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Tampa Bay Buccaneers

Calijah Kancey: 'Just Scratching the Surface' 

Rookie Calijah Kancey played a pivotal role in limiting the Titans’ rushing attack in Week 10


Hit-or-miss run defender due to lack of mass and strength.

Not gap-disciplined.

Will struggle to hold ground one-on-one against interior offensive linemen who have a stout anchor.

Moved backward in the ground game.

All of the aforementioned statements were made about Calijah Kancey during the 2023 pre-draft process. Due to his smaller frame (6-foot-1, 280 pounds) by NFL defensive tackle standards, questions were raised by national analysts regarding Kancey's ability to hold up in the run game. Fast-forward to Sunday, November 12. The Tampa Bay Buccaneers hosted the Tennessee Titans in Week 10. Kancey, who the Bucs' drafted 19th overall in April, became a defensive catalyst against the Titans' downhill rushing attack.

Much like he did for the Pittsburgh Panthers, Kancey lit up the field he inhabited. He consistently invaded the backfield, manipulating his body into position to make tackles behind the line of scrimmage. With a low pad level and elite balance, Kancey won the leverage battle. He finished the Week 10 matchup with three combined tackles, two tackles for loss and two quarterback hits. He became the first rookie with multiple tackles for loss in consecutive games since Micah Parsons and Jaelen Phillips accomplished the feat in 2021. Kancey posted his fifth and sixth tackles for loss of the season surpassing Philadelphia's Jalen Carter for the second-most tackles for loss among rookies this season.

"It is a leverage game," said Kancey. "Whether you are 400 pounds or 280 pounds, if you are high, then you are going to get moved off the ball. If you are low, then you have a better chance of making a play. The lower man wins in this game. For interior linemen, you have to have leverage and with me being an undersized defensive lineman, technique comes along with that. I had good leverage and technique on my tackle-for-loss plays, and it all worked out."

Derrick Henry, the Titans' freight train, routinely punishes runners at the second and third level with rare power behind his pads and forward lean. When he gets a head of steam, Henry is nearly impossible to bring down. Head Coach Todd Bowles stressed the need to force Tennessee out of their smash-mouth philosophy during the week of preparation.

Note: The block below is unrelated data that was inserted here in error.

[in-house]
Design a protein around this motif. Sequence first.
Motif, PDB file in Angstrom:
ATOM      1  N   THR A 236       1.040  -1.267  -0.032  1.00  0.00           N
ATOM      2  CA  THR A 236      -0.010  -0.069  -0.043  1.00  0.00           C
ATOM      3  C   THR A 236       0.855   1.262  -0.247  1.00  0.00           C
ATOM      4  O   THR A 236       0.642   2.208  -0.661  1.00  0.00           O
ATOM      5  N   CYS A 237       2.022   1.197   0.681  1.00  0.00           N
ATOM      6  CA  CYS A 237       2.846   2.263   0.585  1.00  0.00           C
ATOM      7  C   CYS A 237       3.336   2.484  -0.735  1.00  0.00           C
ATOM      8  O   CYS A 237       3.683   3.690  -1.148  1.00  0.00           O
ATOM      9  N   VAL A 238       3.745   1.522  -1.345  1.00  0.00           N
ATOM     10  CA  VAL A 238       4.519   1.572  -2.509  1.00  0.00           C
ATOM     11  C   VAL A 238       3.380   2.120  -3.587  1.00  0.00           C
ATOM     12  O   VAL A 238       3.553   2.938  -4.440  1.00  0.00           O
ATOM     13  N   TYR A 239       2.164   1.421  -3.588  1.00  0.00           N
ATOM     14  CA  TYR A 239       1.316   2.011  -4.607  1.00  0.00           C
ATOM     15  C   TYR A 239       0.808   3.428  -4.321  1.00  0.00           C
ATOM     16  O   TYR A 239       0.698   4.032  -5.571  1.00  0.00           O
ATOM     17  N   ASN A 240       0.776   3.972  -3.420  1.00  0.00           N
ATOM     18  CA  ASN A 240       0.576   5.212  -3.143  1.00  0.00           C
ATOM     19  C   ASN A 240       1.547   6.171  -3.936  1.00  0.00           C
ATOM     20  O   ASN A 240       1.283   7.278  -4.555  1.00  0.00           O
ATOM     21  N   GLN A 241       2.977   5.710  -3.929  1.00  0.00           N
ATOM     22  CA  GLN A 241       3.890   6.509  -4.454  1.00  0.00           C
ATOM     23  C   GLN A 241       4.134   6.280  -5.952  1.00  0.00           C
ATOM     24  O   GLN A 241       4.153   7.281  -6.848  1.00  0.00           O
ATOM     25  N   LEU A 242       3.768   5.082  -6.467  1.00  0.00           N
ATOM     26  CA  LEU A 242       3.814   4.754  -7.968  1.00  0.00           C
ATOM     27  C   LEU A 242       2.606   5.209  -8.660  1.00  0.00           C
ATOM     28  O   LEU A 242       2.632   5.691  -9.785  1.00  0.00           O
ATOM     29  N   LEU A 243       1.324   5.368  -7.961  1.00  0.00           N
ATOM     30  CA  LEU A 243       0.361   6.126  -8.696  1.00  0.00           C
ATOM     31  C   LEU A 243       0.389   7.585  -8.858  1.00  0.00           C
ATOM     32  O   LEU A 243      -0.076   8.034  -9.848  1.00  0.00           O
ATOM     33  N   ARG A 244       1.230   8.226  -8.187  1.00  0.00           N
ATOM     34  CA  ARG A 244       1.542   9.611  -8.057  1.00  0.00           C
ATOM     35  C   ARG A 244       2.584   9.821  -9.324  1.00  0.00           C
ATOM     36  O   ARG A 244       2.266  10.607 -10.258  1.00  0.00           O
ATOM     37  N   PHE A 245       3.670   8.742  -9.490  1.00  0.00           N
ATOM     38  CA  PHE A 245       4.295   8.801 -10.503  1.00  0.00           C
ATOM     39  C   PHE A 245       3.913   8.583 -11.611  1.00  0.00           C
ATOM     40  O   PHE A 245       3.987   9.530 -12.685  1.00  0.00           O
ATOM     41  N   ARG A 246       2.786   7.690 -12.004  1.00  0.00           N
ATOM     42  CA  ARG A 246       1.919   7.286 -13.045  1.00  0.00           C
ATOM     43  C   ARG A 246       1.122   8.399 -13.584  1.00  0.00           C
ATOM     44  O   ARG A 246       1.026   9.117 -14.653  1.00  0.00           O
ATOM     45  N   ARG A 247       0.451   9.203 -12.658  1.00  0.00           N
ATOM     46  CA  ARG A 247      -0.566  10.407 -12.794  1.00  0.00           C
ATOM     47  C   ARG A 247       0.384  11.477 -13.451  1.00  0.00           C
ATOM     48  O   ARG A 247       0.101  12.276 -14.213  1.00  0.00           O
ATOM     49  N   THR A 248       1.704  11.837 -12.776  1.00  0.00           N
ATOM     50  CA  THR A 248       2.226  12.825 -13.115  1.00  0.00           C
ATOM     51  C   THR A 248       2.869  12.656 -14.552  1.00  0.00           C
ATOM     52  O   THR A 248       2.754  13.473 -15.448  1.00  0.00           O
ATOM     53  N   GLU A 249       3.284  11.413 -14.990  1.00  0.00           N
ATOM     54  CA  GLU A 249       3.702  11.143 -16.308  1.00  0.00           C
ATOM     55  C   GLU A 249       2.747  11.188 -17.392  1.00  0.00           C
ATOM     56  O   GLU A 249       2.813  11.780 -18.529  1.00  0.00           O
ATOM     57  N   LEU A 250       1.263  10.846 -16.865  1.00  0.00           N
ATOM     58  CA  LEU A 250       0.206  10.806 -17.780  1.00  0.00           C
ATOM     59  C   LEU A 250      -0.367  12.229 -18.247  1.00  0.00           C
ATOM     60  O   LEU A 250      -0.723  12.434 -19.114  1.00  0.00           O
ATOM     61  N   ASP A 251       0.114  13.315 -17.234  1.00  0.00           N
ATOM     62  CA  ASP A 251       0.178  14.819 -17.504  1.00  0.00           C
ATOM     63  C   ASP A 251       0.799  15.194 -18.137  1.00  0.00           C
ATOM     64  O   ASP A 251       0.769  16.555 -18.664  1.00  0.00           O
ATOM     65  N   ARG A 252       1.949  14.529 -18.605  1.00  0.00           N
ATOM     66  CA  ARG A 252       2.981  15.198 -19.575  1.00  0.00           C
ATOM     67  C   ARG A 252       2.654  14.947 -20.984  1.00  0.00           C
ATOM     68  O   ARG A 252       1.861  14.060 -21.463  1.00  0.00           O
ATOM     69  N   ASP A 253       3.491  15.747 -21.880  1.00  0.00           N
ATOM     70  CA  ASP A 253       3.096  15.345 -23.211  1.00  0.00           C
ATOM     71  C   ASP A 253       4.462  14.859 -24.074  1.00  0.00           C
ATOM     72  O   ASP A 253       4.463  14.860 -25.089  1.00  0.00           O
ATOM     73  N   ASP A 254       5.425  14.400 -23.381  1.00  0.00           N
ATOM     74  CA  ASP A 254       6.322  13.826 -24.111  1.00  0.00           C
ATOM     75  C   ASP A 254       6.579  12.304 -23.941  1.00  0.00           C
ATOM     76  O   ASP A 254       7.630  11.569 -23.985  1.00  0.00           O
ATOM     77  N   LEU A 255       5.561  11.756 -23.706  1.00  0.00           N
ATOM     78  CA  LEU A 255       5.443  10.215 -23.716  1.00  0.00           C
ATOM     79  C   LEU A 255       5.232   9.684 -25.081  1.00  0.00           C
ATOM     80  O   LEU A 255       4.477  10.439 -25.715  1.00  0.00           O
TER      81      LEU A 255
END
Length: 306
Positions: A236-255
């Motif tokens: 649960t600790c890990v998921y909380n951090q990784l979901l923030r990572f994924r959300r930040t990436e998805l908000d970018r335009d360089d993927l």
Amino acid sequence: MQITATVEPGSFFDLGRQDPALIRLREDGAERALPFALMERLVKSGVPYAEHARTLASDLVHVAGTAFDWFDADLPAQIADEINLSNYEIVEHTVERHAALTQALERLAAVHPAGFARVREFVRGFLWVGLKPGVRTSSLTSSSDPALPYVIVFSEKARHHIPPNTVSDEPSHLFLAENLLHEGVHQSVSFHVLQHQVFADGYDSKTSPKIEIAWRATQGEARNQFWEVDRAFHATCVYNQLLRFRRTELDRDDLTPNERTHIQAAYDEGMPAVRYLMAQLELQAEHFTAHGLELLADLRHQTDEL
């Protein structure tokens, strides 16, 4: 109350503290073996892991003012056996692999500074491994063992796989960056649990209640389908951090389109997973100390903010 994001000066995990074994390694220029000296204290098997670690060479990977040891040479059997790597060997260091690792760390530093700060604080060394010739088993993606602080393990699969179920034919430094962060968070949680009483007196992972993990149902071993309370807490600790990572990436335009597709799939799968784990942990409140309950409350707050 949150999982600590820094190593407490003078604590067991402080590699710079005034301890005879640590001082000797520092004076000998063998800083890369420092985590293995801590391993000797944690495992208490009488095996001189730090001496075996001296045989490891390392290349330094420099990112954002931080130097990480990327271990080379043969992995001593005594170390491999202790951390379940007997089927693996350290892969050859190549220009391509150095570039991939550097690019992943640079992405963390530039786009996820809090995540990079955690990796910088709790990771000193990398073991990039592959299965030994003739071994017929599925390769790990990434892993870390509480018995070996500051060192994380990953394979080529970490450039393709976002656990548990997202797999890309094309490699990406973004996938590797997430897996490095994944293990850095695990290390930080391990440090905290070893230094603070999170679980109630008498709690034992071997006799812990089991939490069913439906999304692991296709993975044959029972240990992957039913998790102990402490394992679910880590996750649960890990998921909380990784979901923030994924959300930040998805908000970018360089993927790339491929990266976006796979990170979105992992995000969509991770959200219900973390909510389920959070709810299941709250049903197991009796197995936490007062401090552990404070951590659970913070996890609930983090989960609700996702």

"There were a bunch of them [tackles for loss]," described Bowles. "Just getting them out of their comfort zone, that was our number one job. We knew if they stayed downhill and got Henry rolling it was going to be a long day for us, so we penetrated, got across the ball and made some plays."

Kancey silenced the doubters against the Titans by turning a perceived weakness into his calling card against one of the best in the game – King Henry. Overall, the Bucs held the Titans to 42 total rushing yards, with Henry accounting for just 20 scrimmage yards, his lowest total in any game dating back to the 2017 season.

In the fourth quarter, Kancey dropped Henry for a loss of three on second down, which set up third-and-nine. The instinctive play helped set up a Nick Folk 27-yard field goal.  Earlier in the third quarter, Kancey stonewalled Tyjae Spears in the hole for a loss of two, which put the Titans in unfavorable down-and-distance. Kancey wreaked havoc up and down the line of scrimmage, disrupting the backfield like a man shot out of a cannon. He displayed remarkable balance, explosion, twitchy feet and high motor on Sunday, emboldening the Bucs' defensive unit with explosiveness. Kancey helped spearhead the charge and although he has accumulated a small sample size on the grass, he is already commanding double teams alongside Vita Vea, which frees up opportunities for Tampa Bay's edge rushers. The rookie phenom is just getting started.

"I think he is just scratching the surface because I think there is a lot more to him," stated Bowles.

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